Do your non-English speaking workers understand their safety training? The workforce is becoming more diversified, putting increased emphasis on issues regarding language and literacy when addressing safety in the workplace. OSHA requires that all employers offer safety training in a language that all employees can understand.  This includes temporary or contract workers.  Workers who don’t speak English, or have limited proficiency, may not be able to communicate effectively with English speaking supervisors or co-workers. Some employees may not read English proficiently and also may not even be able to read in their first language. There are also cultural differences to consider when addressing safety: the meaning of certain colors and symbols may differ by culture, many cultures consider it rude to question authority or ask questions, safety in their home country may have been non-existent or had very little emphasis placed on it. Taking all these factors into account is very important in creating a good safety training program.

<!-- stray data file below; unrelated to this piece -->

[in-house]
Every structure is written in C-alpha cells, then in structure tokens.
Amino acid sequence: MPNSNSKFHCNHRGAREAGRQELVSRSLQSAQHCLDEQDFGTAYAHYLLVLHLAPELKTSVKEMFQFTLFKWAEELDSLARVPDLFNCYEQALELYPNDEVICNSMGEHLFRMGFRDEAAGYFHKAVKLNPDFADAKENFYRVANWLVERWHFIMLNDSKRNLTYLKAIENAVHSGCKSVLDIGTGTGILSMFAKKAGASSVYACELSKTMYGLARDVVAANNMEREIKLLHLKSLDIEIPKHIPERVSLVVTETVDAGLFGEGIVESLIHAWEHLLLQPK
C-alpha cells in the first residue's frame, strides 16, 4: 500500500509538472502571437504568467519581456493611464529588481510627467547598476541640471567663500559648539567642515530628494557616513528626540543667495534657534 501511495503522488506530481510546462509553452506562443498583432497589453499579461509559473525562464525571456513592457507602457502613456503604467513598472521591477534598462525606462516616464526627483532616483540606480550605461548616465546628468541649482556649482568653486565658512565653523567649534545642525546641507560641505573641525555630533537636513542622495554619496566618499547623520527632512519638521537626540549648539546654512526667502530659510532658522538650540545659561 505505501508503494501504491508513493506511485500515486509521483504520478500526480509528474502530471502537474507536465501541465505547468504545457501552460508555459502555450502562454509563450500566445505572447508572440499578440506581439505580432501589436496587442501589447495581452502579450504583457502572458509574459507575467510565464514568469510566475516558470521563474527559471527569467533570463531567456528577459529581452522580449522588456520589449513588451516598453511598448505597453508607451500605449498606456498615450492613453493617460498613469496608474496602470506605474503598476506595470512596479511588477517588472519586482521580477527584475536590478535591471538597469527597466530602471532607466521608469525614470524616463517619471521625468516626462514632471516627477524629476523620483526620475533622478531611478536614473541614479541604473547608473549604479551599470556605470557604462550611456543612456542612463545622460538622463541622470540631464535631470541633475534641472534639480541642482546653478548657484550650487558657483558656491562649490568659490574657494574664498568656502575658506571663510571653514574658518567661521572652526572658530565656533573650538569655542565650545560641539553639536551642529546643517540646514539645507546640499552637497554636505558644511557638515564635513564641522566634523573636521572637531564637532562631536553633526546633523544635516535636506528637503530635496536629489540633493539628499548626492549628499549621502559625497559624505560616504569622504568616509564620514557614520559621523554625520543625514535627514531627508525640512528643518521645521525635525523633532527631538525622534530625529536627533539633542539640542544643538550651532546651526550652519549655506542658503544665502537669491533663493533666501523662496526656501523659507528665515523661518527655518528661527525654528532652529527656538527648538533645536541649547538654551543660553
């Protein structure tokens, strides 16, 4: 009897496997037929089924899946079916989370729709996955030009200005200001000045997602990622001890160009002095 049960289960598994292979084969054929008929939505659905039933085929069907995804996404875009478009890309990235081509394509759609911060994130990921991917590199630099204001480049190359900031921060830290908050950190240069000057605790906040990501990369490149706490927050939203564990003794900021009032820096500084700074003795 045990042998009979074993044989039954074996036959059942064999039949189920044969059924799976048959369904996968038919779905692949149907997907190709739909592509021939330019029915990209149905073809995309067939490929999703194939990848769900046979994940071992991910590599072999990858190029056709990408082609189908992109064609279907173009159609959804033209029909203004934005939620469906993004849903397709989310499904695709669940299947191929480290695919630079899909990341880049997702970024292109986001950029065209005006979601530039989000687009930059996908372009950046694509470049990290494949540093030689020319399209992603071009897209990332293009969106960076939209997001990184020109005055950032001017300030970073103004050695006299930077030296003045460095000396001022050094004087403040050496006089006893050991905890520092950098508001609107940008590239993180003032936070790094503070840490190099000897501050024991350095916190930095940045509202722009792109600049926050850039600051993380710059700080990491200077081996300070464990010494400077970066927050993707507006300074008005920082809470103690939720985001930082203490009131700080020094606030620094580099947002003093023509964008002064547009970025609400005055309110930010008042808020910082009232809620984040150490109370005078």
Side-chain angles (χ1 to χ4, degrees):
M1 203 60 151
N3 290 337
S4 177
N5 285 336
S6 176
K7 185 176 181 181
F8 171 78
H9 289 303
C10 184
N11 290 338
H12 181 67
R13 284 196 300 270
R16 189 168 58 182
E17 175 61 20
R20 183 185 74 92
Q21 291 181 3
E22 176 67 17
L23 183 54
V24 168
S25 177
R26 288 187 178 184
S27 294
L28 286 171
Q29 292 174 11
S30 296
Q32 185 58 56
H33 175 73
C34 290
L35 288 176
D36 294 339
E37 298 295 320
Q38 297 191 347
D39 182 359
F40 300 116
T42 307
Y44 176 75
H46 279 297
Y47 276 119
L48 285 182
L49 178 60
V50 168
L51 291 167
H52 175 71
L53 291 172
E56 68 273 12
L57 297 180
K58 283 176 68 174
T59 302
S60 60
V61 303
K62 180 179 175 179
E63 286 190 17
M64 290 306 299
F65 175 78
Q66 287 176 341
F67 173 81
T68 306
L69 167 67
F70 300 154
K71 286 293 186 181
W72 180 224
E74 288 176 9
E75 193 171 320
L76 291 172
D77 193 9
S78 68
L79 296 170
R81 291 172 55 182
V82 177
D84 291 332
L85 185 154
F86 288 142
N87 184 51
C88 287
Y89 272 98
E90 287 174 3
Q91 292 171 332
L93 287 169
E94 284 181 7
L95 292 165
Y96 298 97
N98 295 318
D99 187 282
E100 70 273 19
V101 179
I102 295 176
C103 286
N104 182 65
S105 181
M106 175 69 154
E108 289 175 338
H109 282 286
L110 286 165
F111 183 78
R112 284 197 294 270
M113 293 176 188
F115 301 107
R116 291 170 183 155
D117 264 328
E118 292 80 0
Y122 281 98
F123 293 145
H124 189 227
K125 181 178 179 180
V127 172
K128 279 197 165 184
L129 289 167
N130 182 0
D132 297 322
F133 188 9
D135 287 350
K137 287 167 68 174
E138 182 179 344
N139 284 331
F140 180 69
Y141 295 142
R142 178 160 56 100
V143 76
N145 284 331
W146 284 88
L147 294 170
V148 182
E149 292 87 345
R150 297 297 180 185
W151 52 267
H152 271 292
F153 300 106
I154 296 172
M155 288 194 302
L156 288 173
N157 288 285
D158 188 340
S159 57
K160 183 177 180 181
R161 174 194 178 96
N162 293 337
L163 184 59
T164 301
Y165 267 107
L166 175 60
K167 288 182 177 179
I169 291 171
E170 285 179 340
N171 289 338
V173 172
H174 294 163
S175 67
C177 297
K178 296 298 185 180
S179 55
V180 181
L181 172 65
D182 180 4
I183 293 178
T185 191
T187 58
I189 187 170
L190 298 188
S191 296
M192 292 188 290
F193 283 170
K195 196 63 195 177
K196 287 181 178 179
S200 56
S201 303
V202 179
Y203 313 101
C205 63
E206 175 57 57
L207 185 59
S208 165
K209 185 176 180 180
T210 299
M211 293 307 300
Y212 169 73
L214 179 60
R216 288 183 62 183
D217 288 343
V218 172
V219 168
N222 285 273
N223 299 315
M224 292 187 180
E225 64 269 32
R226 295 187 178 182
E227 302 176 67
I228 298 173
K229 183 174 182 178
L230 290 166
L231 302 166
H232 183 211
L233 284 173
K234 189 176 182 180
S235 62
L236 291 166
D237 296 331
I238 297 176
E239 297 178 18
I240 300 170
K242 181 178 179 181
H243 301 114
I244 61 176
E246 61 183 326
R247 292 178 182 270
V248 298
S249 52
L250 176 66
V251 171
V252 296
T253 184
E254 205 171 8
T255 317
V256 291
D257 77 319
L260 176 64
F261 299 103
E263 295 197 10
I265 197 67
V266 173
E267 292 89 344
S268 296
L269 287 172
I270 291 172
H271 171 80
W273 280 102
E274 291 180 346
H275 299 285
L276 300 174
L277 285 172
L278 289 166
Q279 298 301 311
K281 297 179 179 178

When training employees with limited English skills take these special steps to make sure the training is effective:

  1. Speak slowly, explain and repeat important points.
  2. Choose the simplest words and avoid technical expressions where possible.
  3. Use a fluent translator or translation service for those employees with minimal or limited English skills.
  4. Use visual aids, such as pictures, and props, to supplement your words. Post up to date safety signs that feature images that are easily understood by all.
  5. Encourage participation. Help employees express their thoughts and questions about the topic.
  6. Make training as hands on as possible. Have employees demonstrate new skills during the training session so you can verify they understood.
  7. Be sure to get feedback to confirm comprehension, and allow extra time for questions.
  8. If they are literate, give the trainees handouts in the language or languages they can understand.
  9. Follow up on the job to make sure there have been no misunderstandings and that the employee correctly apply what they’ve learned.